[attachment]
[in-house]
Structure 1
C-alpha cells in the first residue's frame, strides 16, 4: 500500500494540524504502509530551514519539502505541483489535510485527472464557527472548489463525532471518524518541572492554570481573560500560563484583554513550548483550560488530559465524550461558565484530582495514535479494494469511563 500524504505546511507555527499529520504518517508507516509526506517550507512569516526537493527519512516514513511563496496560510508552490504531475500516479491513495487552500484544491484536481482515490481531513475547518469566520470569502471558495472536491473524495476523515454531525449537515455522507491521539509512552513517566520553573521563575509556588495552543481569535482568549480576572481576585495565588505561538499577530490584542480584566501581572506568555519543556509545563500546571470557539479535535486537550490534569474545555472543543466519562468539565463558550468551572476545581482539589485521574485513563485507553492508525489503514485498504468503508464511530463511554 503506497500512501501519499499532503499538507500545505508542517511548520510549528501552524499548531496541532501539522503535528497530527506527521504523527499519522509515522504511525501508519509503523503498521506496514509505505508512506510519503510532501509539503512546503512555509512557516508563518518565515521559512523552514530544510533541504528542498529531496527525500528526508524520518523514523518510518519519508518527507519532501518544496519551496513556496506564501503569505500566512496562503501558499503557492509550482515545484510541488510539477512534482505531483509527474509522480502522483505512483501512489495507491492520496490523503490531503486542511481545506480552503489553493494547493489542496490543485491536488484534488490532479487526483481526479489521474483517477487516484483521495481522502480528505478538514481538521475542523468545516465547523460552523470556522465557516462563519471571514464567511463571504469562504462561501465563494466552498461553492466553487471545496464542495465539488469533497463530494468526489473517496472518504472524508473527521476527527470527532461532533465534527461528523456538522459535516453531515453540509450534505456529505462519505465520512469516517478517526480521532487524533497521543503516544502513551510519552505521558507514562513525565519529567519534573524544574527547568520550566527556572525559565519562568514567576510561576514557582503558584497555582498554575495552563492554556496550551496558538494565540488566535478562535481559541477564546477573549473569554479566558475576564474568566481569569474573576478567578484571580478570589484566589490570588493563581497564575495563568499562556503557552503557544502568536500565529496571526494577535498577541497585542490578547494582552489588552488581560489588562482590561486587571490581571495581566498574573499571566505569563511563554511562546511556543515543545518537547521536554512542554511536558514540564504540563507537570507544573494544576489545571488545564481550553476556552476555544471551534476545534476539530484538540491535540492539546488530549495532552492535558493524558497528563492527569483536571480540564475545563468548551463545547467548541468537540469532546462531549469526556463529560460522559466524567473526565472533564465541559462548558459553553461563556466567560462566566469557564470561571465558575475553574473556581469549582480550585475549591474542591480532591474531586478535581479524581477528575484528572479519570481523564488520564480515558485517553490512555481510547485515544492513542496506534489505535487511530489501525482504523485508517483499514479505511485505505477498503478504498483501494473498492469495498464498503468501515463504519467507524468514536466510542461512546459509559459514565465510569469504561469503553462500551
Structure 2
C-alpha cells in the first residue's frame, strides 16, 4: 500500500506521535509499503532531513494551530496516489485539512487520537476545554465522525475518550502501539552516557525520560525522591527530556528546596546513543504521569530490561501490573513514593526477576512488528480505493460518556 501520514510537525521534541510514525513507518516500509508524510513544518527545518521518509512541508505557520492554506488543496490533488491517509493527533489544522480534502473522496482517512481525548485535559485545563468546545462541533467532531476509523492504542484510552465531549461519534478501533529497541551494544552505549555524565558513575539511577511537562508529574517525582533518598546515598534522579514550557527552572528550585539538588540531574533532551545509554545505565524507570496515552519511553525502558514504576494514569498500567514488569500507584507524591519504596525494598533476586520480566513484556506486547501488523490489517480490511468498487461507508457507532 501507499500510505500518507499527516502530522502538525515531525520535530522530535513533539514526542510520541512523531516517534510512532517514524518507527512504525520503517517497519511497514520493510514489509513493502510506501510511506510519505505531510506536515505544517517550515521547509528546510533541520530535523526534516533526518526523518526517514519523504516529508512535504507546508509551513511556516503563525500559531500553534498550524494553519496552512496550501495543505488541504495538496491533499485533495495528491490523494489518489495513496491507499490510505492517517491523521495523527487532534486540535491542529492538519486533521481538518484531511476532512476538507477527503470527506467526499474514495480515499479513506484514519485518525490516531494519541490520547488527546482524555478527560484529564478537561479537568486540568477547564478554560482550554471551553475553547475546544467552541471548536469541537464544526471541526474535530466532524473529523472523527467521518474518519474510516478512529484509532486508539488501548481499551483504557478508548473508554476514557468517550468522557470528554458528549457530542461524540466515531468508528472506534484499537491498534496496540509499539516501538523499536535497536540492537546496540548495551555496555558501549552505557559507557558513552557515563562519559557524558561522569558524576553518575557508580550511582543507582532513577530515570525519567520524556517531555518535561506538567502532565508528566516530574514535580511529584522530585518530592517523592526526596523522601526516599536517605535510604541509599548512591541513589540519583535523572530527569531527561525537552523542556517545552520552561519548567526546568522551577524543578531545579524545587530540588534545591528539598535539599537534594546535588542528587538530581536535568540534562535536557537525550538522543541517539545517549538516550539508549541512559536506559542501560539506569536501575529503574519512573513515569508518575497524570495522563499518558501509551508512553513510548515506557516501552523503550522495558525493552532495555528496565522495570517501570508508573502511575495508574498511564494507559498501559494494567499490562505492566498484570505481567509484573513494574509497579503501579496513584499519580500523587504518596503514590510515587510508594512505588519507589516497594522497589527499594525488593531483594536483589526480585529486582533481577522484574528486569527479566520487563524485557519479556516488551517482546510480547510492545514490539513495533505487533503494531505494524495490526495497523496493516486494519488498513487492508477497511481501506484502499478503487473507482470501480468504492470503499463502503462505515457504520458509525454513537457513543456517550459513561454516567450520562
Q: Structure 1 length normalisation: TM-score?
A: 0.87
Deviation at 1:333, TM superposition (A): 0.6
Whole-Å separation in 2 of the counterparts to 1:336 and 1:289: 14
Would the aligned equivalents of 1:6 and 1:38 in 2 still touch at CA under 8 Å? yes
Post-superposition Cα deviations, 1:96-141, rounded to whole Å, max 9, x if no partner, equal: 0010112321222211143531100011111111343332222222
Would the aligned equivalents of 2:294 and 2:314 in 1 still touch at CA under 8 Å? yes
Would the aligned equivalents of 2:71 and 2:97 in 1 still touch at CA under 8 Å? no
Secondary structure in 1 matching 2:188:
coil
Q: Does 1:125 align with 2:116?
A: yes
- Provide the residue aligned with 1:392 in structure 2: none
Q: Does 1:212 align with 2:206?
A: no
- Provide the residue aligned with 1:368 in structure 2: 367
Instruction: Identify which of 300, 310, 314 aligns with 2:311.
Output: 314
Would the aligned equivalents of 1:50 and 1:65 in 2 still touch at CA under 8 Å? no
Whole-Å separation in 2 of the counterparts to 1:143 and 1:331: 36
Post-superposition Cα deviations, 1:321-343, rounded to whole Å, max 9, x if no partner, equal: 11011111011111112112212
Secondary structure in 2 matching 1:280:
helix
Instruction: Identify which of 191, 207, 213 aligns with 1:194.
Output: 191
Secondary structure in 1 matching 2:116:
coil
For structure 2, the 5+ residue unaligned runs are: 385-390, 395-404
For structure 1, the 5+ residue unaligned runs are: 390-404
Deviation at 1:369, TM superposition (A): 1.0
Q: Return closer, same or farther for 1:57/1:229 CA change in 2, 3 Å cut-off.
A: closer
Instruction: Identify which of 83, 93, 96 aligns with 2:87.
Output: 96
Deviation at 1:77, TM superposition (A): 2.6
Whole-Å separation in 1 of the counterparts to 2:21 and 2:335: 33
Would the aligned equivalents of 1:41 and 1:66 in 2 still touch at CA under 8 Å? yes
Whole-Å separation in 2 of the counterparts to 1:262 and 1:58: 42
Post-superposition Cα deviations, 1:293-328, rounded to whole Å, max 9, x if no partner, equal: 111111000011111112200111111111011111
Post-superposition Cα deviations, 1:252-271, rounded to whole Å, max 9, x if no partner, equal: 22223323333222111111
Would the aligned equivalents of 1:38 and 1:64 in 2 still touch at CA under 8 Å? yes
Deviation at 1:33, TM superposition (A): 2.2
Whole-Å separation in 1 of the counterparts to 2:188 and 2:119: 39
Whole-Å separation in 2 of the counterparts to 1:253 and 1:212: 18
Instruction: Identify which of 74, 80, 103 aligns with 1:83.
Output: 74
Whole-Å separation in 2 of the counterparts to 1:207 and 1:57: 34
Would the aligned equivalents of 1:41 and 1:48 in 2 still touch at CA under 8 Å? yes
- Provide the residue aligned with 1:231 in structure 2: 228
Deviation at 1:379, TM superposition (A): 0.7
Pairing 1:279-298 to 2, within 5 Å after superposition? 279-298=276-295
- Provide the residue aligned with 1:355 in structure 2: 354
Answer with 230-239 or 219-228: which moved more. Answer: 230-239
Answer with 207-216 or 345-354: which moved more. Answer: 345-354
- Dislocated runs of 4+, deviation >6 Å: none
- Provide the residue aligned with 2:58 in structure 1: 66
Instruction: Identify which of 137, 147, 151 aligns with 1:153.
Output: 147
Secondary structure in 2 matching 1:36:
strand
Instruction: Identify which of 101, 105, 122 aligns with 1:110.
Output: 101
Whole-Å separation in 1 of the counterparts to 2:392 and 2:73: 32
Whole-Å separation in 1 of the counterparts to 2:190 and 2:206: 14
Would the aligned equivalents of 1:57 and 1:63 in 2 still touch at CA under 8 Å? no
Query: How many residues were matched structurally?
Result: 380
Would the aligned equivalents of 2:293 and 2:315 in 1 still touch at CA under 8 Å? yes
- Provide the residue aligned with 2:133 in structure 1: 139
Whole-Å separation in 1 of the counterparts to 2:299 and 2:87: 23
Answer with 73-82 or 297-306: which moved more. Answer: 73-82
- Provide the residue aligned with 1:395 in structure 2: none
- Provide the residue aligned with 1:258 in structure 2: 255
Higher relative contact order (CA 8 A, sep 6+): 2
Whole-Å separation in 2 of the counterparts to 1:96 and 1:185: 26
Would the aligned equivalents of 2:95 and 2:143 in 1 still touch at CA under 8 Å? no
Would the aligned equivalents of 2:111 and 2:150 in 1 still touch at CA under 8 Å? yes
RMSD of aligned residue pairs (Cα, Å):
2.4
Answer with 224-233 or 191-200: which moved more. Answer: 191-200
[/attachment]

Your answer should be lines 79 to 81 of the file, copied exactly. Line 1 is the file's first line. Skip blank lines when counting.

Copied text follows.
Higher relative contact order (CA 8 A, sep 6+): 2
Whole-Å separation in 2 of the counterparts to 1:96 and 1:185: 26
Would the aligned equivalents of 2:95 and 2:143 in 1 still touch at CA under 8 Å? no